The Seven-Per-Cent Solution (1976)

PG   |    |  Adventure, Crime, Drama

The Seven-Per-Cent Solution (1976) Poster

To treat his friend's cocaine induced delusions, Watson lures Sherlock Holmes to Sigmund Freud.

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  • Robert Duvall and Nicol Williamson in The Seven-Per-Cent Solution (1976)
  • Alan Arkin and Nicol Williamson in The Seven-Per-Cent Solution (1976)
  • Alan Arkin in The Seven-Per-Cent Solution (1976)
  • Robert Duvall and Nicol Williamson in The Seven-Per-Cent Solution (1976)
  • Joel Grey and Nicol Williamson in The Seven-Per-Cent Solution (1976)
  • Alan Arkin and Nicol Williamson in The Seven-Per-Cent Solution (1976)

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Reviews & Commentary

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User Reviews

16 September 2001 | BaronBl00d
| Kicking the Habit
Sherlock Holmes falls into a maisma of self-pity and paranoia through his repeated and continued use of a seven percent solution of cocaine. His faithful Watson and brother Mycroft concoct a scheme for him to go to Austria to meet Sigmund Freud, who can help him with his drug addiction. This is a brilliant film in many ways, and also a flawed film. The film is decidedly fresh with its coupling of Holmes and Freud, and its script which explains many of Holmes's character traits through a psychological examination of his character. The script by Nicholas Meyer is first-rate. The direction by Herbert Ross is also very good as it blends humour with mystery, as well as an introductory course in Freudian psychology. Nicol Williamson is a wonderful Holmes. He is precise, calculating, ego-maniacal, and blessed with just a tint of "real" madness. Williamson also is very adept at plowing through the dialogue with witty zeal. Arkin does almost as well as Freud. Arkin plays off Williamson very nicely and adds his own subtle kind of humour. The scene the two men share upon their first meeting is one of perfection of timing. The rest of the cast, however, is a bit weak, or serves as nothing more than scenery. Robert Duvall has to be one of the worst Watsons I have ever seen on screen before. He is so bland in the role, TOO stiff upper lip and his British affectation of speech sounds just like someone trying to imitate a Britisher. He also limps far too much. Joel Grey is wasted in his small role, as is Vanessa Redgrave(looking stunning if nothing else). Samatha Eggar is there just two or three minutes for absolutely nothing). Laurence Olivier does a nice job as a different Moriarity than we are used to, and character Jeremy Kemp is adequate as a wealthy Prussian villain. The next best thing for me in terms of acting after Williamson and Arkin has to be Charles Gray as brother Mycroft(a role he would reprise in the Granada Sherlock Holmes series with Jeremy Brett). Gray was a wildly under-appreciated actor. He gives a wonderfully eccentric performance. The film has a great climatic ending, a rollicking musical score, and some tense, suspenseful action. It also makes the most famous character in all of fiction a little more human to all of us. Good stuff!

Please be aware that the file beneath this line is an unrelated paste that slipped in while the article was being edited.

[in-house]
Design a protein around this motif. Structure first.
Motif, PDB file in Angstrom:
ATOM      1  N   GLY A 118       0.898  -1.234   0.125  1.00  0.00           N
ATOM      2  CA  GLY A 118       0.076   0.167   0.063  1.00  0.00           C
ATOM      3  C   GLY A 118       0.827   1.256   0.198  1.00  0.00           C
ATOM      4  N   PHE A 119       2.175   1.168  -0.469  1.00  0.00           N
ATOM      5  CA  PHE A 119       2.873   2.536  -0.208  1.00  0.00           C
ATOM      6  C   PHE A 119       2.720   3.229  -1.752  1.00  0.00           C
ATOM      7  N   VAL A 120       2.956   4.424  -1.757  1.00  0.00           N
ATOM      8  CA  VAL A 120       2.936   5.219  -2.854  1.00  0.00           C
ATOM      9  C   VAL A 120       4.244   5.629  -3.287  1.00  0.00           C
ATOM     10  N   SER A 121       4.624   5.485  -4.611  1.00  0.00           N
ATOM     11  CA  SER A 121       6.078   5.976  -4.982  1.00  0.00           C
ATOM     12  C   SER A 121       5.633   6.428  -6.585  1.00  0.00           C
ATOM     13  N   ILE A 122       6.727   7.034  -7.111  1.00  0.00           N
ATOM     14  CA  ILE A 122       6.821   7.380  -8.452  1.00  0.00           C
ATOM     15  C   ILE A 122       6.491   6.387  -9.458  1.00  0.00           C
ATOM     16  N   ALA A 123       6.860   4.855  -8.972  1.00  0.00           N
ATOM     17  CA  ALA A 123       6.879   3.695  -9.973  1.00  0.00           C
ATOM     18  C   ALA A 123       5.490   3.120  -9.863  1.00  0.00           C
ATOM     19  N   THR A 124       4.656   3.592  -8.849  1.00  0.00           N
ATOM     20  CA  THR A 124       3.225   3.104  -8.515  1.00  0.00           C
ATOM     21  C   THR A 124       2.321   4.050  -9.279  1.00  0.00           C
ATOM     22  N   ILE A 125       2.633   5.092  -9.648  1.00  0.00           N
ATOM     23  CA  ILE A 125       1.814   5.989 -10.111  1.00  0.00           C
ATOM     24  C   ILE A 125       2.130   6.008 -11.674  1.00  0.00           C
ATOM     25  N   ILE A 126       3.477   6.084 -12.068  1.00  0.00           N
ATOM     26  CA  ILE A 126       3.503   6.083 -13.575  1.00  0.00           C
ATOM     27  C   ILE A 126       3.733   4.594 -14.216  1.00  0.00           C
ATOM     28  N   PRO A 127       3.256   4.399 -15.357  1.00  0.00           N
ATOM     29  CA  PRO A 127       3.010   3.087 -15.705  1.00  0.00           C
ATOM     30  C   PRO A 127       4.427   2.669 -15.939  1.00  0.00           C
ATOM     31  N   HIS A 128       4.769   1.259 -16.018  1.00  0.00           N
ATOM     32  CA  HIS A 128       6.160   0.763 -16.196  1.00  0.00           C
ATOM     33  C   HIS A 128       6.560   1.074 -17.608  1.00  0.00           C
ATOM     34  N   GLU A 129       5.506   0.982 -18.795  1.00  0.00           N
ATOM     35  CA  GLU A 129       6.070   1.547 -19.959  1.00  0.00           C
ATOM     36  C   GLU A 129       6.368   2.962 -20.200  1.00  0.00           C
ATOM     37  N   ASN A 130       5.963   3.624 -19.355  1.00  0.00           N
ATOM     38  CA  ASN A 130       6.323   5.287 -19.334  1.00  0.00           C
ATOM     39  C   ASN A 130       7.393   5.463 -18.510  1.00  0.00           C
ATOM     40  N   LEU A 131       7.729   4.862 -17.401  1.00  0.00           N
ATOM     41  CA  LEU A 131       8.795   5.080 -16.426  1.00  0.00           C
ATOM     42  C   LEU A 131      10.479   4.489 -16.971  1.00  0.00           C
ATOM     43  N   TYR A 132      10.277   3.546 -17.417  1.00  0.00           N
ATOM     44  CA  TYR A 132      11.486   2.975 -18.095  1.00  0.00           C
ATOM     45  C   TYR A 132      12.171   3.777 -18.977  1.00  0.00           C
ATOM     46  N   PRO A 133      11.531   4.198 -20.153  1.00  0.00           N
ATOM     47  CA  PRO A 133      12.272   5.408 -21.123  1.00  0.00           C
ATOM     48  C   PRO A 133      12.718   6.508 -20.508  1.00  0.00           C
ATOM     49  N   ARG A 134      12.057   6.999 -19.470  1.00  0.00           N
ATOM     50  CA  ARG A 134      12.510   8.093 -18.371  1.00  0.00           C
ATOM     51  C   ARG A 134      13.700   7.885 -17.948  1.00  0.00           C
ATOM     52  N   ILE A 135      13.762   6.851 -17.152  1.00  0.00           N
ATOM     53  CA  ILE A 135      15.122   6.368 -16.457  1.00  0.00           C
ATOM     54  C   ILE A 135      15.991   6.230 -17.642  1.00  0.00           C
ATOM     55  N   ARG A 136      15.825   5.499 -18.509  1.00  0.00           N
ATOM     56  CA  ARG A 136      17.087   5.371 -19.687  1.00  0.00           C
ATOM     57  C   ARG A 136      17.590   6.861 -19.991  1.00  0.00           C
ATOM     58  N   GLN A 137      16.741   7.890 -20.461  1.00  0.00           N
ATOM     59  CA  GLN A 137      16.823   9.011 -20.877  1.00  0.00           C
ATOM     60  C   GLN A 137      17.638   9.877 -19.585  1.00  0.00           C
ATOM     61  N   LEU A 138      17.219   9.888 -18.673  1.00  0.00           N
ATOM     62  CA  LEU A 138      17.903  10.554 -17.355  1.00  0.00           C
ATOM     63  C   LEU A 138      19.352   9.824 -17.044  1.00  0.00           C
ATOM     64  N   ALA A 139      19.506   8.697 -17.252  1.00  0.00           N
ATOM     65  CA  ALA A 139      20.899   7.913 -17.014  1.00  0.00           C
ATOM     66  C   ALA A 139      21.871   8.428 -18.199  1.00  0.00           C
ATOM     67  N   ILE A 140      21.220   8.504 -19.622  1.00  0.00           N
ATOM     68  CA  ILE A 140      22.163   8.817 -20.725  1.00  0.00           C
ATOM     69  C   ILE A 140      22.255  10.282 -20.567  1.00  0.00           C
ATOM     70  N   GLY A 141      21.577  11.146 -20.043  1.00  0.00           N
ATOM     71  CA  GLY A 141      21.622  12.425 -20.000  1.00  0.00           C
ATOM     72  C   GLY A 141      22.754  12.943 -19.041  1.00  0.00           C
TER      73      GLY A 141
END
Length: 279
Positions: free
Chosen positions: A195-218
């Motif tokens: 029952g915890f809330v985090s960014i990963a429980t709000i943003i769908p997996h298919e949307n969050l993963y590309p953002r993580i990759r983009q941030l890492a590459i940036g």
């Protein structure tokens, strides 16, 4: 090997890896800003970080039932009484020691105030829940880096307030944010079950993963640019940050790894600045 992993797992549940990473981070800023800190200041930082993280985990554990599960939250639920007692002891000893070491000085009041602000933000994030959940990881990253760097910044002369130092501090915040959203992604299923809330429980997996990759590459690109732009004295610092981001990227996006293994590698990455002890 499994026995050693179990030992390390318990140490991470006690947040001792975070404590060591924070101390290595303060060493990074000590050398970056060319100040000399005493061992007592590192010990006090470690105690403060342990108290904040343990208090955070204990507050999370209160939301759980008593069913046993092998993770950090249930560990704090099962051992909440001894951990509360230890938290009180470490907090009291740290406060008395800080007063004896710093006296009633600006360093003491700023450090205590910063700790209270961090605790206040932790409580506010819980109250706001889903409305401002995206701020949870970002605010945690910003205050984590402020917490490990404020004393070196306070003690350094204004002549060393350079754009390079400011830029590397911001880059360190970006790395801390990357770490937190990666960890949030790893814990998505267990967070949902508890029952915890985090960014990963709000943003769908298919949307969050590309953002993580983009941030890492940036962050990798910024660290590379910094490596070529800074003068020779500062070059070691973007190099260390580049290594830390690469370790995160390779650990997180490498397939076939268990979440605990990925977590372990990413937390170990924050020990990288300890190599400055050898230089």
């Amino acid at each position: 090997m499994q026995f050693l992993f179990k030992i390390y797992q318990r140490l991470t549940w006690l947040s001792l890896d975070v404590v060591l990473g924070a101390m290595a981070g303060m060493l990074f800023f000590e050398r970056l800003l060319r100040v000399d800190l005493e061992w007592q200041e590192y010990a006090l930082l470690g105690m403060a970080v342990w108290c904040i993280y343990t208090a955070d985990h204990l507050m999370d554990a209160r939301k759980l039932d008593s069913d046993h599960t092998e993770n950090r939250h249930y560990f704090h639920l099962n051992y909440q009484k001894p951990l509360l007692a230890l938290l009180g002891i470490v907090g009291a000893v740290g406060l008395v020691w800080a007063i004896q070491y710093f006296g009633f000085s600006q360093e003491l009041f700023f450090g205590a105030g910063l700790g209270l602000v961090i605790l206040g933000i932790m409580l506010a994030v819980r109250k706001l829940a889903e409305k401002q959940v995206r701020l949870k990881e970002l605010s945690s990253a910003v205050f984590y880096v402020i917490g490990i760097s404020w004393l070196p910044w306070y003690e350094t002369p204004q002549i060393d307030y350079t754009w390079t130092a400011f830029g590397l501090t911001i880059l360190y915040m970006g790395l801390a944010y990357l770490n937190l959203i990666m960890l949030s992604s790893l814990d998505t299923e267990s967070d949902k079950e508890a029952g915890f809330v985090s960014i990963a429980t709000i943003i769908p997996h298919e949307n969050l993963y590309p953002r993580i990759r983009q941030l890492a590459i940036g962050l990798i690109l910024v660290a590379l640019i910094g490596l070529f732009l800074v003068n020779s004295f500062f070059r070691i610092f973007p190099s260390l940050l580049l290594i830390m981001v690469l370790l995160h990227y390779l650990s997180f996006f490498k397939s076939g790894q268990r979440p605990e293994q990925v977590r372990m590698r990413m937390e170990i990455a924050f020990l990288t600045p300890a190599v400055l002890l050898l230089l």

Critic Reviews

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